Can I get certified, without spending too much of my vacation in a classroom?
    Yes, and we recommend it. You can begin the certification process with a PADI or NAUI scuba diving instructor in the U.S. You'll do your classroom and pool work with them, and they'll give you a referral to our dive shop on Saba. You'll just have to demonstrate a few open-water skills during your first dives on Saba. There's a modest surcharge for this, but it means you'll get as many open-water dives as those who arrive in Saba already certified.Back to Top

    Can I get insurance for dive trips?
    We recommend you contact DAN, the Diver's Alert Network, which has several programs available for scuba divers, including medical insurance. Their TravelAssist program even covers emergency medical, travel, and personal assistance for non-diving as well as diving needs. You can call them at 800-446-2671; or see the Diver's Alert website.Back to Top

    How long will I be able to stay underwater?
    That depends on how deep you are, and how heavily you're breathing. Air compresses more at greater depths, so you'll go through it faster.

    You can often stay down 45 minutes to an hour at depths of 20 to 30 feet. On deeper dives, you may only get 15 or 20 minutes. As you get more experienced, you'll learn to conserve air by breathing more slowly, and by minimizing arm movements, which use up energy and air.Back to Top

    What about attacks from sharks, eels, barracuda, and giant squid?
    Bee stings kill more people than do sharks -- but shark attacks make for better movies. In reality, there are no aquatic animals that routinely attack humans, provided you don't provoke them by poking them, sticking your hand into their home, or getting too close to one with territorial instincts.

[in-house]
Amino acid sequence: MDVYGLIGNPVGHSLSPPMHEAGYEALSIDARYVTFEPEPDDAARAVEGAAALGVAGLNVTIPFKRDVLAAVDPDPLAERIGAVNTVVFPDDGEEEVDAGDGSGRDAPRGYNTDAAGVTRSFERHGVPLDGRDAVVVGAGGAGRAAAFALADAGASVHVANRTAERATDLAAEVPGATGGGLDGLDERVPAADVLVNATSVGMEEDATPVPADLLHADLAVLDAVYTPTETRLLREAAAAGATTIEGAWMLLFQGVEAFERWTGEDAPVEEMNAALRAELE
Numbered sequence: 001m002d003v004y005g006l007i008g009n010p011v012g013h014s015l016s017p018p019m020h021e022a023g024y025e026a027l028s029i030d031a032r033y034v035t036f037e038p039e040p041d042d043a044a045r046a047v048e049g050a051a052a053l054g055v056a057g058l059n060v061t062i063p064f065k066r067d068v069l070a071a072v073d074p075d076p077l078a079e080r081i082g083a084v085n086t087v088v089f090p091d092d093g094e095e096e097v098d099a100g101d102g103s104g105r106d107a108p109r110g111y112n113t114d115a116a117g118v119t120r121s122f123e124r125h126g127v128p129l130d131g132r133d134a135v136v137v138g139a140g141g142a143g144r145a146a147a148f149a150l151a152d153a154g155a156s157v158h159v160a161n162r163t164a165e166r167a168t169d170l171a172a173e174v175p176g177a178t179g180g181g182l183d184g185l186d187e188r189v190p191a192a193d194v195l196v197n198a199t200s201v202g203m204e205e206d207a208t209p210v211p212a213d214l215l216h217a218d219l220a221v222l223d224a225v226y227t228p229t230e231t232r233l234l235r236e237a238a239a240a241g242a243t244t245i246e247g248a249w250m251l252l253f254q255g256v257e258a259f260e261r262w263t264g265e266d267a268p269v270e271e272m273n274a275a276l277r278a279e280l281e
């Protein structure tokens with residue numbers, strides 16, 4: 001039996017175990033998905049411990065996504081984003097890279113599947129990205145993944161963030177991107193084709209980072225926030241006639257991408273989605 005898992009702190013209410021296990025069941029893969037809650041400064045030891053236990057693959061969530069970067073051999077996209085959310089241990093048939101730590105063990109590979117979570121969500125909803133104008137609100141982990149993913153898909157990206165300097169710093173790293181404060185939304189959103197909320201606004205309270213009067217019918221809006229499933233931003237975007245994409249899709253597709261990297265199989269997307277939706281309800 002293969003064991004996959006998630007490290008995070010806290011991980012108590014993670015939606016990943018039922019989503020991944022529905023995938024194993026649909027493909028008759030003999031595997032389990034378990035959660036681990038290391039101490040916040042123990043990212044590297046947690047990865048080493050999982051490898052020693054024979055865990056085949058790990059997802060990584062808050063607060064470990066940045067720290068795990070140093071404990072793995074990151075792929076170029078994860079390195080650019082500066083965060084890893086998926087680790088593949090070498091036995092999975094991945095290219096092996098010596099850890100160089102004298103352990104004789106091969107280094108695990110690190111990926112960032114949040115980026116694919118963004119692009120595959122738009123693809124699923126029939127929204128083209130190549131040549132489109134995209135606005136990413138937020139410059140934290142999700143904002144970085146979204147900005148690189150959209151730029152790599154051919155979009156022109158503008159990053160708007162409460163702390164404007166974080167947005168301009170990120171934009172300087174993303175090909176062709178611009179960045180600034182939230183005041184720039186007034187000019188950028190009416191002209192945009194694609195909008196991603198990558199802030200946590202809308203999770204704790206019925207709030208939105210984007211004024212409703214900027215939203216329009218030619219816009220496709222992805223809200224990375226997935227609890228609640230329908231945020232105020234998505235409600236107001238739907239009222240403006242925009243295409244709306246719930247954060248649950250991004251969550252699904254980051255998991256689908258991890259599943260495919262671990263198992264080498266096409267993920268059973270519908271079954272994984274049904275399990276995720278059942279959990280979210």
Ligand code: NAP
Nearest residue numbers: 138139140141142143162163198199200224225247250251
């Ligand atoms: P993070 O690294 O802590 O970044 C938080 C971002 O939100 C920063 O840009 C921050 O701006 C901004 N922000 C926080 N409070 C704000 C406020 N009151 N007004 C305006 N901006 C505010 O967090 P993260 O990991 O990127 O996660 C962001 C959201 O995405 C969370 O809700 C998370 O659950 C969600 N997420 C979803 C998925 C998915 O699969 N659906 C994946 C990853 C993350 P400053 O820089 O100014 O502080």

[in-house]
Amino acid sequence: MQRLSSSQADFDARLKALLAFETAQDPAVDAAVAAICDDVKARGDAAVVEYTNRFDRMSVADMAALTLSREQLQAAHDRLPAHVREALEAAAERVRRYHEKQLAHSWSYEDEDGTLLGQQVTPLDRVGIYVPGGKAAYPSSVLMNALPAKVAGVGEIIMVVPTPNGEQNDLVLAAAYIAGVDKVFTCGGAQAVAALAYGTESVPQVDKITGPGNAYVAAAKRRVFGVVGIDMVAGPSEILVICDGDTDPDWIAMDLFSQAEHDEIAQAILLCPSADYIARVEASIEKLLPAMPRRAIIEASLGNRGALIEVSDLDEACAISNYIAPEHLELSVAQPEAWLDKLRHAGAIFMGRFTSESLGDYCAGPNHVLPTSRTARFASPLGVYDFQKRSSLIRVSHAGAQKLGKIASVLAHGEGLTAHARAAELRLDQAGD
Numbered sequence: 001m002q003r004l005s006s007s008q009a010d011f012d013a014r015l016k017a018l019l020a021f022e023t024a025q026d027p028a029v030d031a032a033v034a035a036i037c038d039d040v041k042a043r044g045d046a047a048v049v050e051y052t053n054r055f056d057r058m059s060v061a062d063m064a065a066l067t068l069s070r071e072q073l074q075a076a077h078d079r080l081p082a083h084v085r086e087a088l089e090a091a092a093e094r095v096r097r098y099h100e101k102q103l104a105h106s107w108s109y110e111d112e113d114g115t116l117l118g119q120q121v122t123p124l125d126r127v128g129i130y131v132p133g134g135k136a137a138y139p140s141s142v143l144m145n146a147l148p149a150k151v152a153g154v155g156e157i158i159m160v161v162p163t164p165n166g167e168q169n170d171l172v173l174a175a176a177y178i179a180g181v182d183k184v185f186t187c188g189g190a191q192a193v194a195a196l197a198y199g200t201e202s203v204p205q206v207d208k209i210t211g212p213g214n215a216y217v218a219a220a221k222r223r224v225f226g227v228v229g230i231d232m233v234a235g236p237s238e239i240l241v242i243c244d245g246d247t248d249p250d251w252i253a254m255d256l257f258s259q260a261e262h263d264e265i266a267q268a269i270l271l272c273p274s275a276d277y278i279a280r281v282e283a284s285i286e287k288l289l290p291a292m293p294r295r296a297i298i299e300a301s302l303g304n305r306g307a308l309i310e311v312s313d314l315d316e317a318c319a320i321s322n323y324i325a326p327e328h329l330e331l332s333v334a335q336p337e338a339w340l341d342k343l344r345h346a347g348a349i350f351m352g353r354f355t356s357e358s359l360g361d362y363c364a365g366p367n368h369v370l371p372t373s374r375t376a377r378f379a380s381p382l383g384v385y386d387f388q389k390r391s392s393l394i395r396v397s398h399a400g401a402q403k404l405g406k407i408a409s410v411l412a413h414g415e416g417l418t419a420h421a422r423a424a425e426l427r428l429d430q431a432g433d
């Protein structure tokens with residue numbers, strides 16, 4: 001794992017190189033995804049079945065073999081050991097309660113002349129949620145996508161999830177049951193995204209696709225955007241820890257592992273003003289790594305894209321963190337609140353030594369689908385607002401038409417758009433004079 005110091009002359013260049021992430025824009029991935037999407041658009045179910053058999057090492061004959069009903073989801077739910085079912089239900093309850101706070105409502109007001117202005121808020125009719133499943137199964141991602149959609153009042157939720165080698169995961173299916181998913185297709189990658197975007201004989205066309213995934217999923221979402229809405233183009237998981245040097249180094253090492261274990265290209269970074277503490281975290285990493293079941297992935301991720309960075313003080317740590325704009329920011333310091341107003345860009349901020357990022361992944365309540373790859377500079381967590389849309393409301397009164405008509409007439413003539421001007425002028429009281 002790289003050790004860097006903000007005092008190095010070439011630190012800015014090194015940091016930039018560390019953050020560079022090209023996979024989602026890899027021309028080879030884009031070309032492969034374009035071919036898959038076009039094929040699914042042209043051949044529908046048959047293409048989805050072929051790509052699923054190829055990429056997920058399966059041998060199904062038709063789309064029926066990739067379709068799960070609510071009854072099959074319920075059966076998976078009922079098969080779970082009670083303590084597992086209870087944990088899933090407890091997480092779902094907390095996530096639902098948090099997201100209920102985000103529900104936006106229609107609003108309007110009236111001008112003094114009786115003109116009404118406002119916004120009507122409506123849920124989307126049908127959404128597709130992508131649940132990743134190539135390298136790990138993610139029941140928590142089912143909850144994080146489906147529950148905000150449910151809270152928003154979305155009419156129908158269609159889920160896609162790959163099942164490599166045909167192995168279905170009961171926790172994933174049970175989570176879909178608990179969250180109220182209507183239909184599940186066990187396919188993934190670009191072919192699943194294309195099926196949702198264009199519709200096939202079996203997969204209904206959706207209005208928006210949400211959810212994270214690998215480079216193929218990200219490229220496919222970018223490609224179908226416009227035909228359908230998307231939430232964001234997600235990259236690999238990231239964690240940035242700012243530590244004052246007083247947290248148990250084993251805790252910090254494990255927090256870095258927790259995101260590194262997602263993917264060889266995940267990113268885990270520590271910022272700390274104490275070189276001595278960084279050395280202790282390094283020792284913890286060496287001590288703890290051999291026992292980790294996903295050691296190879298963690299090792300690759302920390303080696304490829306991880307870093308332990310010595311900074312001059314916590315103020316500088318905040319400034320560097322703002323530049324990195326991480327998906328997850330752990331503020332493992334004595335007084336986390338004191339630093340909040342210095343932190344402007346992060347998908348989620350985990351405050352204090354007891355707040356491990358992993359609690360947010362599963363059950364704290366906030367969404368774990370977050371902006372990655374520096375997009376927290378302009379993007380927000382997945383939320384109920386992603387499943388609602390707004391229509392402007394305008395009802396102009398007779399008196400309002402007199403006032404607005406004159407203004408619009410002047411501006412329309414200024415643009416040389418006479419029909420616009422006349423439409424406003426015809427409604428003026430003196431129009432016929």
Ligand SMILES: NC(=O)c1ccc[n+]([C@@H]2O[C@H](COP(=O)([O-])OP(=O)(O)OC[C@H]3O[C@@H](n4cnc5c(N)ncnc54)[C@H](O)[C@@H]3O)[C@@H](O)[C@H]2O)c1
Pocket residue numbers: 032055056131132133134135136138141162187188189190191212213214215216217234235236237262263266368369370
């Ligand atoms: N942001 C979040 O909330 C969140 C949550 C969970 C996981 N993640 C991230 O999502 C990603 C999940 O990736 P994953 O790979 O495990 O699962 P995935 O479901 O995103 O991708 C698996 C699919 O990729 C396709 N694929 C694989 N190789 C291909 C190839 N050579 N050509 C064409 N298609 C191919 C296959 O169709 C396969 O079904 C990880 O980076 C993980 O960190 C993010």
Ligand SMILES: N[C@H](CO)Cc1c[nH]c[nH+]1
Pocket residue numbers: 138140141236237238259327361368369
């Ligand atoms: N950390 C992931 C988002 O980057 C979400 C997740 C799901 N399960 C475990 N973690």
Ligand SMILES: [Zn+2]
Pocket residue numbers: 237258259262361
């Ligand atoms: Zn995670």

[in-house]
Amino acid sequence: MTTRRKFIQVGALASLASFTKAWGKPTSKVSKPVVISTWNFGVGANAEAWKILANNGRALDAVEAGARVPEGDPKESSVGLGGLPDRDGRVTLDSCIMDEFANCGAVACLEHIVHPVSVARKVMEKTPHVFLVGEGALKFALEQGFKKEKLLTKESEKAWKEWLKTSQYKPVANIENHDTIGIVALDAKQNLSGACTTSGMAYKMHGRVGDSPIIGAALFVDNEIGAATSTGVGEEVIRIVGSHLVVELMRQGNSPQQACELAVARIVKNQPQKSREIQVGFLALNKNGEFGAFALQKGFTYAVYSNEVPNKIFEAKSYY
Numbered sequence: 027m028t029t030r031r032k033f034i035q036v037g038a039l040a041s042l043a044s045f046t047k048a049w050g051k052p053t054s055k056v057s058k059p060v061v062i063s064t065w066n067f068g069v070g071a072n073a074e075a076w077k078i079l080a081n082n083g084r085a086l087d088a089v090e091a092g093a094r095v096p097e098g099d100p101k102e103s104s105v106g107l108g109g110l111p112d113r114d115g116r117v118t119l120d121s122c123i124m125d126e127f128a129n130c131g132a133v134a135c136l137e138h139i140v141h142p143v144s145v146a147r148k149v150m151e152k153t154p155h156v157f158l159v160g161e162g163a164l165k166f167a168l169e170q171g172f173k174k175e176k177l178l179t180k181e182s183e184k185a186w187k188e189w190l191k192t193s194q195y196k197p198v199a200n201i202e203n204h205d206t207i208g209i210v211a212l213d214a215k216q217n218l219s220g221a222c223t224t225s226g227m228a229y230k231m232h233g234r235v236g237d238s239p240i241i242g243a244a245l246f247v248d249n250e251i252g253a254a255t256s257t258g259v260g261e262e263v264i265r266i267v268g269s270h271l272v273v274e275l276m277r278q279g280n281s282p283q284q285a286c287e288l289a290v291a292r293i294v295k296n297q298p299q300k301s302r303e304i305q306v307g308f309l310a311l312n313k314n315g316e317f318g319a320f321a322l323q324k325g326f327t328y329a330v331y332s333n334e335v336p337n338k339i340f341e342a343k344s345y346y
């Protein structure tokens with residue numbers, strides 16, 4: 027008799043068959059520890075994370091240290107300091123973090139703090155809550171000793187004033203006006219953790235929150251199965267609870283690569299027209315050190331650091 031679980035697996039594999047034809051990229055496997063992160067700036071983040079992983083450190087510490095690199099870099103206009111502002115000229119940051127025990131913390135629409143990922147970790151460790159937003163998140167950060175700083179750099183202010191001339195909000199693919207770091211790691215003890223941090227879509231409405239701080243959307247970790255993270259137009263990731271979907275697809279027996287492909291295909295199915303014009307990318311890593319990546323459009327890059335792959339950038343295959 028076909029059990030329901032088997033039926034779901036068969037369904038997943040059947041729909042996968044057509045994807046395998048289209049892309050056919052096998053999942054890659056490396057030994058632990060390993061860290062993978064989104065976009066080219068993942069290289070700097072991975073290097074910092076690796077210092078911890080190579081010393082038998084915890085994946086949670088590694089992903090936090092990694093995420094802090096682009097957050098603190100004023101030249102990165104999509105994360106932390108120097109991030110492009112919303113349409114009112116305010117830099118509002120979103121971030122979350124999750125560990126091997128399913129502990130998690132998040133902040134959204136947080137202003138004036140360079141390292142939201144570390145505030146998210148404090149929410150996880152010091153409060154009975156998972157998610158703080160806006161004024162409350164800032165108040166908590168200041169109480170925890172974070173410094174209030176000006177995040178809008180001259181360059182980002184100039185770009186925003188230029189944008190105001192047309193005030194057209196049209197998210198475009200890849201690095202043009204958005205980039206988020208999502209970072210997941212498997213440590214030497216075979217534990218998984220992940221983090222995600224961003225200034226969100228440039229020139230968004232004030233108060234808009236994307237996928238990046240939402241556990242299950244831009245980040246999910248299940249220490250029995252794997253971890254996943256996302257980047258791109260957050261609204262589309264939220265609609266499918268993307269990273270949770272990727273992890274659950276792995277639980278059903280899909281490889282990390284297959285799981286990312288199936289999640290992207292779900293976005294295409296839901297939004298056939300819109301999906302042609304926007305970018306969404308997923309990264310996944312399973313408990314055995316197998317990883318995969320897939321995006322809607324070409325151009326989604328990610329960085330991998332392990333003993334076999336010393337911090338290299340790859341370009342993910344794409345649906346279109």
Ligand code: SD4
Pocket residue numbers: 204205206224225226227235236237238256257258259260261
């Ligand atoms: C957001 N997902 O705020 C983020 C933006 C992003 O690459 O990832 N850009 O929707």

As part of your certification lessons, you'll learn some common-sense precautions. Most of these, however, are more for the protection of sea creatures than of you. You pose a much larger threat to them than they do to you. (Compare, for example, the number of humans who will eat squid sushi today, versus the number of squid who will munch on human sushi.)Back to Top

    Can I wear contact lenses or glasses while diving?
    Soft contact lenses should not be a problem. Be sure to bring an extra pair or two, in case one washes out.

    Eyeglasses worn under a dive mask are neither fashionable nor practical. However, it's not too expensive to have your prescription ground into the mask itself. Your optician or dive shop can advise you on where to have it done.Back to Top

    I've lost my PADI certification card. Can I still dive?
    No good dive operator will let you dive without proof that you're certified. If you have a few weeks before you need it, contact PADI to get the card replaced. If you don't have that much time, the dive operator you're using should be able to get quick confirmation from PADI that you are certified. Give them some advance notice if possible, but in many cases, PADI can provide immediate verification.Back to Top